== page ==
Benefits of Exercising that You May Not Kow

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We always see ads for fitness programs and workout equipment. You know the type, the ones with muscular men and fit women doing exercise, encouraging the viewers to join them. It has long been known that working out helps maintain a good physical figure, but there are many other benefits to exercising.

Exercise Helps Reduce Stress and Anxiety

If you’ve ever done any exercise after work, then you know this feeling. It may sound strange to exercise after a hard day’s work, especially when you’re feeling both mentally and physically tired. Exercising releases endorphins that boost your mood and make you feel happy. Studies have also shown that exercise increases the production of neurotransmitters, like serotonin and dopamine, that provides a ‘natural high.’ This also makes us sleep better at night.

This has been proven so effective that regular exercise is often prescribed to depressed people, as it has shown that it can also help alleviate anxiety. There’s also the side benefit of having a better-looking body that can affect a person’s overall self-image. The benefits of physical activity to mental health are being discovered day by day, but even at this point, it’s safe to say that exercising helps you stay happy.

It Improves Your Quality of Sleep

People often assume that exercising helps you sleep better at night. While it may be due to the physical exhaustion it brings, making you fall asleep easier, there is a lot more to it than that. Regular exercise helps reset your body’s natural sleep-wake cycle by increasing your body temperature slightly and letting drop to trigger drowsiness a couple of hours later.

But the quality of sleep after exercising receives many benefits as well. It can help increase the hours you sleep- crucial to get the 8 hours of sleep advised. Insomniacs and others with sleeping disorders find exercise a natural therapy to establish a better sleeping cycle. The next time you find it hard to sleep, maybe considering going for a jog during the day.

Regulated Exercise During Pregnancy Is Good

Pregnant women are often seen as fragile and are told not to stress their body out too much. While this may be true to some degree, regular exercise has some interesting benefits for pregnant women. These benefits include; boosting the mood, increasing energy levels, preventing too much weight gain, and reducing the common effects of pregnancy such as constipation, swelling, backaches, and bloating.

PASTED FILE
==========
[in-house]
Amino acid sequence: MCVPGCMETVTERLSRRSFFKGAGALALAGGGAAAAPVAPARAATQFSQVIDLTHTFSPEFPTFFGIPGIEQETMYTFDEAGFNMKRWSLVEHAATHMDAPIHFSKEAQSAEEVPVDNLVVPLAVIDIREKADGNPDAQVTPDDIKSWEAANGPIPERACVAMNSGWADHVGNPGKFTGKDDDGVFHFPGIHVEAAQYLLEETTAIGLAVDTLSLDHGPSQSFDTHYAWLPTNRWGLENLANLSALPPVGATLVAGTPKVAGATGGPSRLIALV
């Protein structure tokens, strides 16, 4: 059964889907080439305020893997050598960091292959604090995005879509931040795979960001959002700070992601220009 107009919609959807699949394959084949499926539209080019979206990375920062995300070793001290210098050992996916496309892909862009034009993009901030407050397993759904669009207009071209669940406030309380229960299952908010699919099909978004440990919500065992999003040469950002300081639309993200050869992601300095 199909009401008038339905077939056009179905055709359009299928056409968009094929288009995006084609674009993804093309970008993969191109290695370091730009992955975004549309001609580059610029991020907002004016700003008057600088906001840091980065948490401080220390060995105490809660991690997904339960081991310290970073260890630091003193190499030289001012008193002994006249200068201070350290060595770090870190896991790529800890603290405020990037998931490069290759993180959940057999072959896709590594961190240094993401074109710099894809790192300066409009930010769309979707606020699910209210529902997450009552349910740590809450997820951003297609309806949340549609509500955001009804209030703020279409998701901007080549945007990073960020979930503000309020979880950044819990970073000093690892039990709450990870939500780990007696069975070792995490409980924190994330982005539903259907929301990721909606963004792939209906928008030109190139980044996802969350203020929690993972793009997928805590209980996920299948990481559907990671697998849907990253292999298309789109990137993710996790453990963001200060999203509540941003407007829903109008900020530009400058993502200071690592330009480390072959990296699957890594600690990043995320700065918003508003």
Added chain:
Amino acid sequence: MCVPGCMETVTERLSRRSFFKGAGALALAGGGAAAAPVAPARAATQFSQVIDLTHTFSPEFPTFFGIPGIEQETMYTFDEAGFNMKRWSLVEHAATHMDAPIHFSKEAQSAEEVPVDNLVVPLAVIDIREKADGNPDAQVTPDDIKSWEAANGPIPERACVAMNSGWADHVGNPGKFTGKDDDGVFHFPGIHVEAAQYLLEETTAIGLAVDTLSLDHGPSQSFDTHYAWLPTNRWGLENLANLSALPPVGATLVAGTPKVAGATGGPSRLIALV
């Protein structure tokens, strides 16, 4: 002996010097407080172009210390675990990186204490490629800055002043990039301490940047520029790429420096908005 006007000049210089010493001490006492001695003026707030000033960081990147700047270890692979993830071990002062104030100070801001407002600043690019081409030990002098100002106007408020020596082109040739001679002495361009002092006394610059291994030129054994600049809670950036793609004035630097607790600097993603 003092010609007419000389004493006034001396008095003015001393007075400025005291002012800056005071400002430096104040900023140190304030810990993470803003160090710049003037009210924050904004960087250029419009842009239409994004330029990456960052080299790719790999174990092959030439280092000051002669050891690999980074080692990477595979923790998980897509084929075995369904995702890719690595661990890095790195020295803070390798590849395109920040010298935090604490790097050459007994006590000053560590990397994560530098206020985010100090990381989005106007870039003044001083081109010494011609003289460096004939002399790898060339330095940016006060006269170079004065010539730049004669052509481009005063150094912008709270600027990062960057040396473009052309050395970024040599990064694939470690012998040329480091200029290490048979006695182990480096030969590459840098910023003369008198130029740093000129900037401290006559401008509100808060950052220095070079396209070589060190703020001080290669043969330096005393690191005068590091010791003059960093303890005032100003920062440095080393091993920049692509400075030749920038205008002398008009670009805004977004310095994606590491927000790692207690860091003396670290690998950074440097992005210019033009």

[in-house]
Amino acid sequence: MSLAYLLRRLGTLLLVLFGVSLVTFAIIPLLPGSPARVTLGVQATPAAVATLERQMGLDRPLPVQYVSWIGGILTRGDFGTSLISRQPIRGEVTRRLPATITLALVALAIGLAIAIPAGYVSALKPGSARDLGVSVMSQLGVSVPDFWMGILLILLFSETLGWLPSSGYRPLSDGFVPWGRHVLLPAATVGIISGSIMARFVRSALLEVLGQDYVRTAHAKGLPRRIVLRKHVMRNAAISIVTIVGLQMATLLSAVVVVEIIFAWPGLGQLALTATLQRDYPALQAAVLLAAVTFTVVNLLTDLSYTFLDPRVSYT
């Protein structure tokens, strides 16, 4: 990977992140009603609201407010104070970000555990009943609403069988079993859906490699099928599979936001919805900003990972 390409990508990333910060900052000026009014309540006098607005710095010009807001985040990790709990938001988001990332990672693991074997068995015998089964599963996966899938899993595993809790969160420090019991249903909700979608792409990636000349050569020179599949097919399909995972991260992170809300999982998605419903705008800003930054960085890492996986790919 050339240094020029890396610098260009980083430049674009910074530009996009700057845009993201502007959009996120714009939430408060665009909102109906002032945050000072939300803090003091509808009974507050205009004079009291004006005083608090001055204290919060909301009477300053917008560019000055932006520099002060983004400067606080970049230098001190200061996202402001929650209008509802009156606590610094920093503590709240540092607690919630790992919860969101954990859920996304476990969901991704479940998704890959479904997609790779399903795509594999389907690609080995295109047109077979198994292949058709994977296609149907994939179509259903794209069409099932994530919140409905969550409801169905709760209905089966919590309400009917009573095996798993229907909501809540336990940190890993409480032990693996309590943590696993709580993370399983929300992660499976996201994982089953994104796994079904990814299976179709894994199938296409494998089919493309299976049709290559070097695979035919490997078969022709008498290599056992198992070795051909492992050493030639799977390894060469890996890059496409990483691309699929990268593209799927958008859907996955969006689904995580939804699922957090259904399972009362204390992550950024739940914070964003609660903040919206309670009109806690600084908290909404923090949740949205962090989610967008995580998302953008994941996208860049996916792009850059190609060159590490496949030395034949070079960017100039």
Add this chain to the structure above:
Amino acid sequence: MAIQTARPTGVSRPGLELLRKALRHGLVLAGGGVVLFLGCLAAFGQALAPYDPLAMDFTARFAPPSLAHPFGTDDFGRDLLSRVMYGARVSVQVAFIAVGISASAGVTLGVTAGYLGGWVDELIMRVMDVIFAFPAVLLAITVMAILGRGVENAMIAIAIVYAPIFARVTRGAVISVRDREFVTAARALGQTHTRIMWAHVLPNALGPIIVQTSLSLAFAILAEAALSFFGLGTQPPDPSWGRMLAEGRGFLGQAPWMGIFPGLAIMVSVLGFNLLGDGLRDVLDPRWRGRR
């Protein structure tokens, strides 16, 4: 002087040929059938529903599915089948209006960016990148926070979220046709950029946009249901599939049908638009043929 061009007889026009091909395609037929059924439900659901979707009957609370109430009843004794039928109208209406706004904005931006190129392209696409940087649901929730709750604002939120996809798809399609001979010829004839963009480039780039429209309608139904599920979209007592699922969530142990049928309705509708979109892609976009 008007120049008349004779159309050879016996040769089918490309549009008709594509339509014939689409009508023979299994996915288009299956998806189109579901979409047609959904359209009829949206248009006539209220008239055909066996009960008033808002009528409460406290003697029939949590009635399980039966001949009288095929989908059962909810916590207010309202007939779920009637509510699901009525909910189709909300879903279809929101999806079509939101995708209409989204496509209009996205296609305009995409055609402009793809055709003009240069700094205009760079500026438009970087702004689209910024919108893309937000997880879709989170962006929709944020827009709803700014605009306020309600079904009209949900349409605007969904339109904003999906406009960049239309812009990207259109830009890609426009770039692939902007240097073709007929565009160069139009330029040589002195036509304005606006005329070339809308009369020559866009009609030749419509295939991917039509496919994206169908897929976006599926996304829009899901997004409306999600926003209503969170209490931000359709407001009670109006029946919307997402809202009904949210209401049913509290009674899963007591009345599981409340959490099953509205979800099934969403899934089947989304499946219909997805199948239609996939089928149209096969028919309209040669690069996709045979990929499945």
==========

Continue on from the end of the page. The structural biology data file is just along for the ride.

Of course, caution must be taken whenever you exercise, especially for pregnant women. There are a wide variety of pregnant-friendly exercises, from pilates for pregnant women to even weight lifting. There is plenty of exercises that promote an easier delivery, yes, but there are still some that should be avoided. It’s best to consult a professional in a situation like this.

It Increases Your Social Circle

We don’t make as many friends as adults, especially when compared to our younger years. Being stuck in the same classroom basically forced most of us to mingle and socialize with others, developing bonds that eventually turned to friendship. An interesting benefit of exercising is mimicking that effect.

Exercise classes are growing in popularity, not just for the health benefits, but also because it’s a chance to go out and socialize with like-minded people. Exercises classes like dancing, kickboxing, and running allow you to meet different people and have something to bond over. Friendships are formed in these exercise groups, so consider joining a workout class if you want to make more friends.

It Prevents the Deterioration of the Brain

running outside

As we grow older, many organs start to deteriorate and fail. Among the worst ones to happen is to develop memory problems such as dementia or even Alzheimer’s disease. Interestingly enough, exercise can help prevent the brain from weakening.

Studies have shown that exercise, especially aerobic exercise, helps prevent symptoms commonly associated with dementia. Aerobic exercise for about half an hour, done four to five times weekly, can reduce atrophy or deterioration. Walking around five miles a week has shown that it can help resist memory loss and cognitive impairment. Along with the benefits to mental health, this only proves that exercise is not just for our body but also our minds.

Start Exercising Now

There is no best time to start exercising than today. It’s not easy, but it’s one of the best ways you can take care of yourself. Exercise doesn’t have to be hard, nor does it have to be sudden. Gradual increase of difficulty through consistent light workouts still counts as exercise, and it still counts as taking care of yourself.

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